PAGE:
Erectin is a dietary supplement for improved erections and sex drive, manufactured by a brand called Leading Edge Health. This same brand sells another men’s health supplement called ExtenZe which we reviewed very poorly.
Leading Edge Health claims that Erectin can help consumers “get bigger, harder erections” and “last longer” during sex.
But does the supplement contain research-backed ingredients proven to have these effects, or are these just marketing claims? Is Erectin proven in medical studies to work? Does the supplement have any unhealthy additive ingredients? And how do real users rate and describe the effects of this brand?
In this article we’ll answer all of these questions and more as we review the ingredients in Erectin based on medical research to give our take on whether or not the supplement is likely to be effective for improving erection quality and sexual function.
We’ll share our concerns with how the brand publishes ingredient information, as well as our concerns about the claims of a clinical trial. We’ll also share real, unsponsored user reviews of the brand.
Erectin has 11 ingredients, three of which are shown above in a graphic from the brand’s website.
Some of the ingredients in Erectin are shown in clinical studies to improve erection quality.
A clinical trial published in the Urology journal found that saw palmetto extract improved erectile function in animals. Erectin lists saw palmetto powder, not extract, which is a less potent version.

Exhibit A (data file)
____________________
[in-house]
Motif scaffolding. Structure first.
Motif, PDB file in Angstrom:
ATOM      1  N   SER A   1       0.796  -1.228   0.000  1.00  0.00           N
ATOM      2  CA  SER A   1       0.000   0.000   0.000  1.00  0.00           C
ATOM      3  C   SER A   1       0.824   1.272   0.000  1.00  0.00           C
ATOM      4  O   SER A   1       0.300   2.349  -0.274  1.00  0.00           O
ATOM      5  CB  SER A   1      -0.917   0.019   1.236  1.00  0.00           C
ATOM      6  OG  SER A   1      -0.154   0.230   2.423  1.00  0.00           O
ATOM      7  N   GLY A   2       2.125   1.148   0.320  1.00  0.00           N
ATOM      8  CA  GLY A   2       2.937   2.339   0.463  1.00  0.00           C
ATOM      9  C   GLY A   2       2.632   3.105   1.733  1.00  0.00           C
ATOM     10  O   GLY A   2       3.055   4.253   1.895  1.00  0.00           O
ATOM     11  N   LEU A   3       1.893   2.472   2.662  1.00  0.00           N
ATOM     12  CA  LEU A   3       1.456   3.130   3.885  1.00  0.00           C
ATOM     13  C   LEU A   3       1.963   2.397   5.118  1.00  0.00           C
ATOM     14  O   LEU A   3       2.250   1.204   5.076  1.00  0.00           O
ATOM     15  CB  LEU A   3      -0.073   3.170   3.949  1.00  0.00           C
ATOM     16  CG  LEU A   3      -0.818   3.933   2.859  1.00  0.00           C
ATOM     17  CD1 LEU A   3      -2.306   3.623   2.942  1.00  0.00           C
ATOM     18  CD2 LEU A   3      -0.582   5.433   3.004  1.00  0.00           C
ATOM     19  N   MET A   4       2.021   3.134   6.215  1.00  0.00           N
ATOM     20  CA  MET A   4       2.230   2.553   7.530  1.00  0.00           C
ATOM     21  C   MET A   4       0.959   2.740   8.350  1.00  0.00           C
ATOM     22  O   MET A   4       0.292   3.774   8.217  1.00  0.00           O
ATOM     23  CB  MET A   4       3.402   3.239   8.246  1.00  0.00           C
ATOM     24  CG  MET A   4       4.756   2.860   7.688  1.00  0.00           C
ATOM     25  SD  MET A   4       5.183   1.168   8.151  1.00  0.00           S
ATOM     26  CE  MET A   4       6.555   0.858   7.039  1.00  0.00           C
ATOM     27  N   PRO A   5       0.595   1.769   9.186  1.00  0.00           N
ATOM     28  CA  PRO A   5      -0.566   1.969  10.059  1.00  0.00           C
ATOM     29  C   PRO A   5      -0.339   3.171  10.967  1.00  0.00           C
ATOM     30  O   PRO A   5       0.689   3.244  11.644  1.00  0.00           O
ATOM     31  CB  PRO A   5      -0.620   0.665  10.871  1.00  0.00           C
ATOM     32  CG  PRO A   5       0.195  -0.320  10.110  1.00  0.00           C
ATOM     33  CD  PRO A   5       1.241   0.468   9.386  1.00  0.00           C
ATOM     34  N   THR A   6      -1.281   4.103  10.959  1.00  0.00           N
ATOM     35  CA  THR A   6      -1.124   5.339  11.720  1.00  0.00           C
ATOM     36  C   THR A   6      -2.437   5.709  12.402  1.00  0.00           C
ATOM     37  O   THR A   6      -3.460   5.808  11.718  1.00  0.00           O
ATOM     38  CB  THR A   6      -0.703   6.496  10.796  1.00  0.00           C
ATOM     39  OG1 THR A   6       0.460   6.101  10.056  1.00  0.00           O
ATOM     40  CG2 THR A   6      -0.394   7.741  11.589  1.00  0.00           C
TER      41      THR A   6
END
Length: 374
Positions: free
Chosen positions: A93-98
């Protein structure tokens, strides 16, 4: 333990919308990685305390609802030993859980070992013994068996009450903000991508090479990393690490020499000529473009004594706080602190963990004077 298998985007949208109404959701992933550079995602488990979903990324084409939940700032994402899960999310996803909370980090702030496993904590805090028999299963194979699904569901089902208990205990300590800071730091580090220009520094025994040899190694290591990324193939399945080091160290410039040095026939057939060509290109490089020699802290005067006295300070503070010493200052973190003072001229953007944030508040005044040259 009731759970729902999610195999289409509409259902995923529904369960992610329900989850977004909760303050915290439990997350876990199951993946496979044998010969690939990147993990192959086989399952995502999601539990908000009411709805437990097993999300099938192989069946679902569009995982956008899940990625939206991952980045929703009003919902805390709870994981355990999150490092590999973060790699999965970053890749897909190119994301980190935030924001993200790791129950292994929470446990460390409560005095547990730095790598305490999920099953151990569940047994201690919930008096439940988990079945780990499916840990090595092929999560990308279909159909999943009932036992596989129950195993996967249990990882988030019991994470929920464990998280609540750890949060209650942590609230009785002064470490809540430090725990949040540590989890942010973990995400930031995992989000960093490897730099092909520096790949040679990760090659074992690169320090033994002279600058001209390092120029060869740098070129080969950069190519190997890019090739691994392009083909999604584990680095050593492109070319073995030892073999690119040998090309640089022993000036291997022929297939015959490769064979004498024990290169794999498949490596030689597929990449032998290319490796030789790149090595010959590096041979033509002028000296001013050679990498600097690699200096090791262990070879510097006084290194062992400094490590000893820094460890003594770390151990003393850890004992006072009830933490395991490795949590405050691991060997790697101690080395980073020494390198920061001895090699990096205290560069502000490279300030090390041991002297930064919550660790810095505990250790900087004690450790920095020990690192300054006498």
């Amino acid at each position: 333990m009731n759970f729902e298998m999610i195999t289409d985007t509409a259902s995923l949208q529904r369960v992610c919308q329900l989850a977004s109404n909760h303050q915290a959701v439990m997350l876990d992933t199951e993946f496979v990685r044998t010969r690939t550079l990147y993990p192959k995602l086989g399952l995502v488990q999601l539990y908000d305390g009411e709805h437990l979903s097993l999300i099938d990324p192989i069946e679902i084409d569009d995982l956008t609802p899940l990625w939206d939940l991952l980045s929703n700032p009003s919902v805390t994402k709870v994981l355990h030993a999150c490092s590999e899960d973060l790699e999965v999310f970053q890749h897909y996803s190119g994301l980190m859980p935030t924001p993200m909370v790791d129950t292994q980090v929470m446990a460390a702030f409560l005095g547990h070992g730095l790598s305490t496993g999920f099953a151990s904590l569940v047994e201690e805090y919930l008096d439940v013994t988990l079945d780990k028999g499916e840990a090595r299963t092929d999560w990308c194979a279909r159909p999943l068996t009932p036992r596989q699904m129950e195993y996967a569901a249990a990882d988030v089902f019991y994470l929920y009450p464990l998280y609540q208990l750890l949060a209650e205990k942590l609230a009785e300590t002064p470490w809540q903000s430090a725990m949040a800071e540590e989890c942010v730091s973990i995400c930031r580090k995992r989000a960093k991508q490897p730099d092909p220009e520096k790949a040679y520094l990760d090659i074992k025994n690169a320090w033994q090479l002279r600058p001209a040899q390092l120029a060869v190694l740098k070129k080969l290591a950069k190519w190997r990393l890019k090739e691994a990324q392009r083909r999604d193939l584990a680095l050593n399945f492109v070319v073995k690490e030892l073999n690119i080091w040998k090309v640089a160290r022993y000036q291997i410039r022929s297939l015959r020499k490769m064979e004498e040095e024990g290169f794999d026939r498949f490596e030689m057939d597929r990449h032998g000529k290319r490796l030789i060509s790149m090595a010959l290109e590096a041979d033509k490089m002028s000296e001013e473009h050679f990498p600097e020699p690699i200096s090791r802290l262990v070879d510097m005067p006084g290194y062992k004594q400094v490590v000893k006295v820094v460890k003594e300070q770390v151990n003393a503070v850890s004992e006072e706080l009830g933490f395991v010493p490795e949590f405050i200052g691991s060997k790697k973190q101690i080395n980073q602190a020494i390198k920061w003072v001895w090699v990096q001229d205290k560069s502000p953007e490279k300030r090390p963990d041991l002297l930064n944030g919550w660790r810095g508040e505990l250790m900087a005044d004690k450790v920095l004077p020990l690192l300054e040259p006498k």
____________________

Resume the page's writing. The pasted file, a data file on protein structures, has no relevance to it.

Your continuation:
A 2013 clinical trial found that Tribulus terrestris extract can improve erectile function by increasing blood flow to the penis.
Epimedium, more commonly referred to as horny goat weed, is shown in some clinical studies to help treat erectile dysfunction and improve sex drive as documented in the above-linked review.
Our issue with Erectin is that we cannot find the dose listed for the active ingredients anywhere on the brand’s website. Without dosage information, it’s impossible to assess whether a supplement is likely to be effective and safe or not.
If an ingredient is effective for treating erectile dysfunction (ED) at a 100 milligram (mg) dose, that doesn’t mean it will be effective at a 1 mg dose.
It’s very uncommon for a supplement company to not publish a Supplement Facts label on their website, and we hope Leading Edge Health more clearly publishes this on the Erectin site. Failing to do so is a consumer safety issue, because dosage information is necessary to ensure safety of each ingredient, and because consumers may be allergic or sensitive to the inactive ingredients (which we can’t find on the website either).
Overall we consider Erectin potentially effective for improving erections and sex drive, because some of its ingredients are research-backed to those effects, but we do not recommend taking any supplement without clearly published dosage information and without clearly published inactive ingredient information.
Highly Questionable Clinical Claims
The Erectin website claims that their formula was tested in a clinical trial published in a reputable, peer-reviewed journal called BMC Complementary and Alternative Medicine.
The website states the following: “A recent clinical trial took place involving 78 men with mild to moderate erectile difficulties…The men who took the Erectin formula were having better sex and a lot more of it, too.”
We cannot find any evidence that this clinical trial ever occurred.
There is no link to the clinical trial on the Clinical Studies page of Erectin’s site that contains these claims.
We searched the BMC Complementary and Alternative Medicine website for the term “erectin” and returned zero results. Here is a link to the journal’s website in case you want to try this yourself. There is a search feature that returns queries from articles in their journal.